These 5 Easy-to-Implement Tips Will Keep You Organized and Stress-Free in 2018
Oh, what I would get done if I were more organized and less stress!
Does this sound like the rhetoric that often goes through your mind? When it comes to the work environment, a little more organization and less stress go a LONG way! Now that the end of the year is near, we want to help you kick-start a productive and satisfying 2018 with five tips on getting more organized at work!
Office Organization Tips for a Fresh Start in 2018
1. Make Time For Reflection
We are an action-oriented society, and as a result, many of us tend to forget to take the time to reflect. The end of any frame of time, in this case, the year, is an opportune moment to take a moment, solo, or with your team, for reflection. You won’t know what to do differently in 2018 until you discern what did and didn’t work well in 2017. We recommend scheduling yourself some time for reflection.
If this is to be a solo reflection, consider taking a walk, or heading somewhere calming or motivating. Type out or hand-write out a list of things that went wrong at work this year, and a list of things that went well. Give each item an attribution – why did it go wrong or why did it go well?
As you move through this exercise, avoid negative mind chatter. Do not waste your thoughts on “shoulda, coulda, woulda” or self-criticisms. Instead, focus on what you learned and how you will use the knowledge to your benefit in the new year. This entire exercise can be done with your team as well!
2. Keep It Clean
If your surroundings are chaotic, chances are so is your mind. You have plenty of challenges at work to contend with; a messy or disorganized office need not be one of them! Determine what is at play that causes the mess, is it:
- Lack of organization
- Lack of self-discipline
- Lack of time
It could be all three. When it comes to organization, ask for help. Hire a professional or ask a team member to help you implement an organizational strategy. The key is for every item to have a designated spot (that you can remember). If the cleanliness struggle is due to your inability to put things away, then you must work on creating the self-discipline to address that issue. Create a new habit of immediately returning every item to its home after use. Sounds simple enough, but is often a bit trickier in practice. If time is preventing you from cleaning, then it’s wise to be proactive and schedule a block of time to clean each week. Fridays are always nice; then you can walk into the office on Monday feeling ready to tackle the week ahead!
3. Put an End to Disruptions
How anyone gets anything done in this age of constant interruptions, we’ll never know! Oh wait, we do – by putting an end to the disruptions. Every alert, buzz, ring, and beep momentarily displaces your attention, with the possibility of displacement for much longer than a moment. Every innocent glance at your phone is a productive moment down the drain.
Stress is derived from the feeling that one is not up to the challenges presented. With far fewer distractions, the challenge of not enough time starts to dissipate. Give yourself the gift of working uninterrupted. For a few hours each day, place your phone on do-not-disturb (note, with most phones you can select a few numbers that can get through regardless, in case you need always to be available for someone in particular).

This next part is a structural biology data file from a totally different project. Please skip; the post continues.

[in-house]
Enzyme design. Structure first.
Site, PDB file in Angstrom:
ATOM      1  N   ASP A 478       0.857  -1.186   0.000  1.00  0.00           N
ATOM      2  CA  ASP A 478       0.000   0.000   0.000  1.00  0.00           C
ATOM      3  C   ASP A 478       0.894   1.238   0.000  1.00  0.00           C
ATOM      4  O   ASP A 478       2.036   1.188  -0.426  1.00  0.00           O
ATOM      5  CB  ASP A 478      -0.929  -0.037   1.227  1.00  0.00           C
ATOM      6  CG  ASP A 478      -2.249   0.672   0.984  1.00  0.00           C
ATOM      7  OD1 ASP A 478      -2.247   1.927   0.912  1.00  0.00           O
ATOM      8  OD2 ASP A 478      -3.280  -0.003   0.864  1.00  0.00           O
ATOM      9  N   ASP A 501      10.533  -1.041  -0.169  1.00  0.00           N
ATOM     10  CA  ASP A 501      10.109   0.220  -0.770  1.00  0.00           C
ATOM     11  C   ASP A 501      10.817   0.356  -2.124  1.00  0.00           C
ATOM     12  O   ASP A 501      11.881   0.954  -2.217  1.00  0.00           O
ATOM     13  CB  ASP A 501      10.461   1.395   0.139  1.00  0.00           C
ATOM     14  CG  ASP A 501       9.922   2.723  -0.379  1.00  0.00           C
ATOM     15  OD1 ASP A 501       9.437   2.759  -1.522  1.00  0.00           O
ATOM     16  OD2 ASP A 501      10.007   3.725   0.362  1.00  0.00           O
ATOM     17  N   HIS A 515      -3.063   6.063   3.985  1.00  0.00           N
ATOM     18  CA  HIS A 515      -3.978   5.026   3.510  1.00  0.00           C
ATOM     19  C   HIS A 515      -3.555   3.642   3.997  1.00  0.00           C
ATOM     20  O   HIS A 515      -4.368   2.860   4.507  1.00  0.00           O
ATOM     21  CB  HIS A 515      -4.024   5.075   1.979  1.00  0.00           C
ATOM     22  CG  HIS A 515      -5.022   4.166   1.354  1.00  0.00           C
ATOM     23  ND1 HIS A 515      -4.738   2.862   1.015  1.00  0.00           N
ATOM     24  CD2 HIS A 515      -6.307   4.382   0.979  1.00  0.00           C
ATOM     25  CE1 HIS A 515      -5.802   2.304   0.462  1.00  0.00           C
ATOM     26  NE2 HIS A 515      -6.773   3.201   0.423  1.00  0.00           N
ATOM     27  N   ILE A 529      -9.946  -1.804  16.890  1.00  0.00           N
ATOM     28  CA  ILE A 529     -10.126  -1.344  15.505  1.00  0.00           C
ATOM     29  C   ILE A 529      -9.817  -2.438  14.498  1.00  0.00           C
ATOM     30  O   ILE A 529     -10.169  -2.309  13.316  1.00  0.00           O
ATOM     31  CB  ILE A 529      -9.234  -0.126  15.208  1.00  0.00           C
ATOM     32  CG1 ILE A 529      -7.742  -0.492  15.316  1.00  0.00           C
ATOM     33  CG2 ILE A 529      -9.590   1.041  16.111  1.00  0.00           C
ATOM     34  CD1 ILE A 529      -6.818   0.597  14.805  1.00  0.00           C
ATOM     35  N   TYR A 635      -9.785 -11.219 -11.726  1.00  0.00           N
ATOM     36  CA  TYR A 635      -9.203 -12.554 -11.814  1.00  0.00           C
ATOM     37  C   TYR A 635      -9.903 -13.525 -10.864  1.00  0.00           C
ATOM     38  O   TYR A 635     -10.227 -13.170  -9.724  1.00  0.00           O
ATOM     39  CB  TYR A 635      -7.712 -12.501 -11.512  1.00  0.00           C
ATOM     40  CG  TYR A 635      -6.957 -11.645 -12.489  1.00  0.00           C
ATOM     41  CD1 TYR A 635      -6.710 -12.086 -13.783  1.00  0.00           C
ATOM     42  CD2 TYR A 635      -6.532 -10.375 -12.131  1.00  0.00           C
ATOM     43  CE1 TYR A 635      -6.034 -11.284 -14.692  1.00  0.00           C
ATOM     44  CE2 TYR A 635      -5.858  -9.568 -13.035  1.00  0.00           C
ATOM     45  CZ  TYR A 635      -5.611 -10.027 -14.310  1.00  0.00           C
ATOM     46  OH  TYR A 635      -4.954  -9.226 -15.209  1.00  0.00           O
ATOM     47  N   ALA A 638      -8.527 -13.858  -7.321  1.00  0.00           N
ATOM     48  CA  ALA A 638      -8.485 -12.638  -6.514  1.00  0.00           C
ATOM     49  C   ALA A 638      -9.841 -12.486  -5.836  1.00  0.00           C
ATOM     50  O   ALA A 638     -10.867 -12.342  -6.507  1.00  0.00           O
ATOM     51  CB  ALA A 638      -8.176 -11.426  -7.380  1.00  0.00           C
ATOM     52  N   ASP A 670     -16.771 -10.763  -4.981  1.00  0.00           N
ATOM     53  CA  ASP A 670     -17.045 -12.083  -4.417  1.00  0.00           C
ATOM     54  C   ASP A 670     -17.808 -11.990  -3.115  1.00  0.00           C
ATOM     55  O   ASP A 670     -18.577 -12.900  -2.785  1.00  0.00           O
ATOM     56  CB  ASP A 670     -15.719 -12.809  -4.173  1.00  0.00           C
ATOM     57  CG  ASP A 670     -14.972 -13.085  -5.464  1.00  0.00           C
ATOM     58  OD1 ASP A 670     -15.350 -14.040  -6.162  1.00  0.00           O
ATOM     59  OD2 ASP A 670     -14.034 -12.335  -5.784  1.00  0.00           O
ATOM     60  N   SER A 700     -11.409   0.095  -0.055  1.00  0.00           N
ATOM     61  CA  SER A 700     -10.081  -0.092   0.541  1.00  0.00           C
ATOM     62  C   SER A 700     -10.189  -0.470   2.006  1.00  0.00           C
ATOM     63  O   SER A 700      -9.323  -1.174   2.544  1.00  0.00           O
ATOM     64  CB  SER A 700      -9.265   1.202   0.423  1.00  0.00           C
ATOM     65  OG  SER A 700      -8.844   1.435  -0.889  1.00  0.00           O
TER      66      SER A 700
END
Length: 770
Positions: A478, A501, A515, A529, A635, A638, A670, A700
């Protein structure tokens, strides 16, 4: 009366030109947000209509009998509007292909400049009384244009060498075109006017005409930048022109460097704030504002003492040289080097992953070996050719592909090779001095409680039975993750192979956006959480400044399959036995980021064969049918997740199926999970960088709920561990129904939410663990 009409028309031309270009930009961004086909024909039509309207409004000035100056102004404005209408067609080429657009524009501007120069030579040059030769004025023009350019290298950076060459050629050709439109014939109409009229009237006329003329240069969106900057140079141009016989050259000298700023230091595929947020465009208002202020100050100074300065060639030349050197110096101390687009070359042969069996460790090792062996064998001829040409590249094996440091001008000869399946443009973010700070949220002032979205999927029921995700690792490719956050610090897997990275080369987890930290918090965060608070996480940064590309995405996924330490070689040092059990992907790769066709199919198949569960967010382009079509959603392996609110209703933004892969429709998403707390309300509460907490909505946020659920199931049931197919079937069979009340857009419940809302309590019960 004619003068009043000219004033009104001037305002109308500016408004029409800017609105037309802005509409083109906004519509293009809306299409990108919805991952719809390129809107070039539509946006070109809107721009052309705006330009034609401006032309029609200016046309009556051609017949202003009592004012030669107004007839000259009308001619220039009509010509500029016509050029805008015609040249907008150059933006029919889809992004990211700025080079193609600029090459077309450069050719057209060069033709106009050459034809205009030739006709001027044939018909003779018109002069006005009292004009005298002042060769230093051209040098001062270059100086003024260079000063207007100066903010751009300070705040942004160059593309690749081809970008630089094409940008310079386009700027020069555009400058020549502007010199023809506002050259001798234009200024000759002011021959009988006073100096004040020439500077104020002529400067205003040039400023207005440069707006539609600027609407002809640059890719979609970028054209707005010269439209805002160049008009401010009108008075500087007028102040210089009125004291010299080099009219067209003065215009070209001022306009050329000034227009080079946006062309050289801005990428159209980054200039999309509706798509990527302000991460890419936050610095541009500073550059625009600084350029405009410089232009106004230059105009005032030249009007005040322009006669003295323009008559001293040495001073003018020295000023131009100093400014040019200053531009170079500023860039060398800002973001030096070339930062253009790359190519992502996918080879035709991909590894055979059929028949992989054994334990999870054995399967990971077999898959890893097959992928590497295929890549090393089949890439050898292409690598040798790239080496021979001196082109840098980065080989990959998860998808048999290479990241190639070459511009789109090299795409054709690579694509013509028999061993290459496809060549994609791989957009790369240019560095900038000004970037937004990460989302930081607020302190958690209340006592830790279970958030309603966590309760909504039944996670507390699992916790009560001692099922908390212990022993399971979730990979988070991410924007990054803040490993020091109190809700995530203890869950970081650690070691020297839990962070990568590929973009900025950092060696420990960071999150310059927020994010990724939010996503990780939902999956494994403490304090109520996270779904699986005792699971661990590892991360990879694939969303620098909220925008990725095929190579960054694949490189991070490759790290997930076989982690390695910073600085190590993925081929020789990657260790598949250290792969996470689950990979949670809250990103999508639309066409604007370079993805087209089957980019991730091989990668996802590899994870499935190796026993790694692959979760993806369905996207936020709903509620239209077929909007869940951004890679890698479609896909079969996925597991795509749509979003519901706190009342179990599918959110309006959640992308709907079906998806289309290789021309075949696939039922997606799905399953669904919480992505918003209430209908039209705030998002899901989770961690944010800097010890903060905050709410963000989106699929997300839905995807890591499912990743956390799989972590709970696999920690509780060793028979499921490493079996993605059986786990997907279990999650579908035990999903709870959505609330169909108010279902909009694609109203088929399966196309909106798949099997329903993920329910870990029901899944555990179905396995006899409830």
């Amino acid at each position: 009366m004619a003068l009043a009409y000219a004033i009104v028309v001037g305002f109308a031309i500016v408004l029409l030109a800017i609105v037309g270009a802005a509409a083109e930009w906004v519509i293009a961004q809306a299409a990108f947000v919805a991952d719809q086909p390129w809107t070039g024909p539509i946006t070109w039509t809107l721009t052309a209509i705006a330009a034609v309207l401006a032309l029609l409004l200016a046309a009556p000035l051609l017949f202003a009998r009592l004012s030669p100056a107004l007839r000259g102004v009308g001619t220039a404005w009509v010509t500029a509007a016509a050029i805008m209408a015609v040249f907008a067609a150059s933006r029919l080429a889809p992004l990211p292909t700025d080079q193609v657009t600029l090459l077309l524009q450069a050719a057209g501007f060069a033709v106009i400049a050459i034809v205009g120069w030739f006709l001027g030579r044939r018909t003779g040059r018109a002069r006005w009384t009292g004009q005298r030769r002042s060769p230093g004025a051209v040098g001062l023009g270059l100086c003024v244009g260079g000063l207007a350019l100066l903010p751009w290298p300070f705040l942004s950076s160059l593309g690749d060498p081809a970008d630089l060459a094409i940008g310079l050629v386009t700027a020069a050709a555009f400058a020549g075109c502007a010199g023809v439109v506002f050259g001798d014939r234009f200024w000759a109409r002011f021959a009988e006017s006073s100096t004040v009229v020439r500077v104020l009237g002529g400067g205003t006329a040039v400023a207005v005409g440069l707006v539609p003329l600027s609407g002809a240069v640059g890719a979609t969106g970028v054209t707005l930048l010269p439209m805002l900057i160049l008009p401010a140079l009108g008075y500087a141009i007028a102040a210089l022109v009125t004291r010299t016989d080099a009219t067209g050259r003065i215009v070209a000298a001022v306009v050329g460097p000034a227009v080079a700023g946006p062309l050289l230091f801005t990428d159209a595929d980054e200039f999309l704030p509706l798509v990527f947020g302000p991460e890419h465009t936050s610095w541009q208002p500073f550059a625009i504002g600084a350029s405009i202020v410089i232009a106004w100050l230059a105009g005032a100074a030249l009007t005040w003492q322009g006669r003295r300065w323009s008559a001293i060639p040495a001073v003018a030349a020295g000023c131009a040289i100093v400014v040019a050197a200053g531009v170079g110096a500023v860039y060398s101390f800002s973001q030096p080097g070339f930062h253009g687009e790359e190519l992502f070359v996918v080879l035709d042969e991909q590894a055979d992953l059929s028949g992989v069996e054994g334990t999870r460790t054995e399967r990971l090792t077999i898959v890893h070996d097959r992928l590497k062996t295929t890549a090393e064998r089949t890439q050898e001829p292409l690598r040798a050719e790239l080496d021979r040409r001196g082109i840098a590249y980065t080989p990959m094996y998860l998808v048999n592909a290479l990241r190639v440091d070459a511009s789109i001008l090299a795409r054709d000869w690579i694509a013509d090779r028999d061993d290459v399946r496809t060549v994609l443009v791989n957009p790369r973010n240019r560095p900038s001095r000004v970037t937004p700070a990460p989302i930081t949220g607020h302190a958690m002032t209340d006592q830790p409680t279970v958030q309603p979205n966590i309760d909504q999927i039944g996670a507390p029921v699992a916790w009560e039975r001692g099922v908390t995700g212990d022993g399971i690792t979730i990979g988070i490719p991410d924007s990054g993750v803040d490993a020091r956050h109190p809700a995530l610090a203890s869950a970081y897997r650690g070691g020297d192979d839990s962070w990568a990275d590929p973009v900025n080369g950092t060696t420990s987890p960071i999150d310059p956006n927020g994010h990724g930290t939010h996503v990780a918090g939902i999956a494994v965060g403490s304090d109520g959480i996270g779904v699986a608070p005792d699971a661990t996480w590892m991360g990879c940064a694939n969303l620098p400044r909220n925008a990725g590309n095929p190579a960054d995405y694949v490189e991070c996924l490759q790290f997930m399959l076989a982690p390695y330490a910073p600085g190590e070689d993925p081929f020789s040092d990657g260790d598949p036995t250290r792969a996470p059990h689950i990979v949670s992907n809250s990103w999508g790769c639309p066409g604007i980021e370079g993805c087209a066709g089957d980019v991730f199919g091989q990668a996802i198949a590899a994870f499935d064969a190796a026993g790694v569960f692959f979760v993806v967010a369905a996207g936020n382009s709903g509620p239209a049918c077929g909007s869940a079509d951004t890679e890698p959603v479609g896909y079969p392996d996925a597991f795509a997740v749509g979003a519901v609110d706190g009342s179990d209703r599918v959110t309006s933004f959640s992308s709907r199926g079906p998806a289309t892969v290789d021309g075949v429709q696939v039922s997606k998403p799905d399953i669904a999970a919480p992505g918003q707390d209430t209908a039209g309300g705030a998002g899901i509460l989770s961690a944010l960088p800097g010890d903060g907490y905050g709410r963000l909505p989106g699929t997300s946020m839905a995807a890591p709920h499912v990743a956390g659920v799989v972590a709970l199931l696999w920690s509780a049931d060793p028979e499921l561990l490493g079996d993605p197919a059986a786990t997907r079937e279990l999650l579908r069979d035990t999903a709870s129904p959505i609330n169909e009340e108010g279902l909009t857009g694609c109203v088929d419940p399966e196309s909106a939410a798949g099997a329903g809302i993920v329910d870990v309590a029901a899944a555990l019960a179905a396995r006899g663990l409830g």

Work for hours on end without opening, glancing, or using your phone. If you need outside help to achieve this, give your phone to your secretary or a coworker and then only retrieve it once your block of time is up. Notice how much more you can achieve in the same amount of time!
4. Practice Prioritizing
Time-management is a lifelong practice, and learning to prioritize is key. Often we favor tasks that are easier or more enjoyable, saving the most challenging or arduous for last. That may work sometimes, but more often than not it results in immense levels of stress. Why? Because all that time spent procrastinating enabled the fear of the “difficult” task to loom in the mind, growing more intense.
Now, not only is the task not completed, but the mind is stressed out. Instead of going down this cyclical path, get better at prioritizing and sticking to your schedule. List the top five most important items to accomplish each day, and then make your way down the list. Find ways to reward yourself after accomplishing each one, which will help you get in the habit of finishing what you start. Notice if your stress levels start to diminish as you implement prioritization more often.
5. Get Comfortable With Saying No
Every workplace will be more organized and less-stressed once everyone gets more comfortable saying no. Not that we are always in a position to say no, but chances are you have the option more often than you realize. If you have an intense workload, say no to additional tasks. If you need more time to work on a project, say no in your meeting RSVP.
The more time and less stress you experience will result in a job done better. The more jobs you do well, the more effective your organization will be as a whole, the better your organization is, the better the work life becomes and everyone will benefit. This is just one example, but all things work cyclically, especially the power of saying no!
Small, everyday changes are what lead to genuine improvement. Reflecting, tidying up your workspace, setting boundaries, prioritizing, and saying no on a regular basis will work wonders for your productivity, organization, and stress level. It may not seem accessible to suddenly become more organized at work, but when you make small changes over time, it will happen. We hope you find these tips helpful, enjoy the holidays, and have a happy-and-productive New Year!